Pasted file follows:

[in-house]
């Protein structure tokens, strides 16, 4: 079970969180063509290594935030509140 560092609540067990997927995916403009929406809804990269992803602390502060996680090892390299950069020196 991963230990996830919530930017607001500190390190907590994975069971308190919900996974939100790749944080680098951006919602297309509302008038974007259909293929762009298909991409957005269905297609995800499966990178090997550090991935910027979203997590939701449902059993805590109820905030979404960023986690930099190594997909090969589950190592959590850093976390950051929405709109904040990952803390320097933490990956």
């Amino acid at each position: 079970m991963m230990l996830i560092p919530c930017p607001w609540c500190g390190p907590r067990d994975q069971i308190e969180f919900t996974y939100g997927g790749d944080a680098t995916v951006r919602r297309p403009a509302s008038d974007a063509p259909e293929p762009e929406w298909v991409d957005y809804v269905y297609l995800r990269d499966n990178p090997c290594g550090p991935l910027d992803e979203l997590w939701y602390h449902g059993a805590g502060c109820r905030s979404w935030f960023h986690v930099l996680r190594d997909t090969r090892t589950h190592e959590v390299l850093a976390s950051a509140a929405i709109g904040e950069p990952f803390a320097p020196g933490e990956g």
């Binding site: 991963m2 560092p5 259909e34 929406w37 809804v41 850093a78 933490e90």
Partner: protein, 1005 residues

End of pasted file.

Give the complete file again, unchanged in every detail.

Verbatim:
[in-house]
């Protein structure tokens, strides 16, 4: 079970969180063509290594935030509140 560092609540067990997927995916403009929406809804990269992803602390502060996680090892390299950069020196 991963230990996830919530930017607001500190390190907590994975069971308190919900996974939100790749944080680098951006919602297309509302008038974007259909293929762009298909991409957005269905297609995800499966990178090997550090991935910027979203997590939701449902059993805590109820905030979404960023986690930099190594997909090969589950190592959590850093976390950051929405709109904040990952803390320097933490990956």
């Amino acid at each position: 079970m991963m230990l996830i560092p919530c930017p607001w609540c500190g390190p907590r067990d994975q069971i308190e969180f919900t996974y939100g997927g790749d944080a680098t995916v951006r919602r297309p403009a509302s008038d974007a063509p259909e293929p762009e929406w298909v991409d957005y809804v269905y297609l995800r990269d499966n990178p090997c290594g550090p991935l910027d992803e979203l997590w939701y602390h449902g059993a805590g502060c109820r905030s979404w935030f960023h986690v930099l996680r190594d997909t090969r090892t589950h190592e959590v390299l850093a976390s950051a509140a929405i709109g904040e950069p990952f803390a320097p020196g933490e990956g």
């Binding site: 991963m2 560092p5 259909e34 929406w37 809804v41 850093a78 933490e90």
Partner: protein, 1005 residues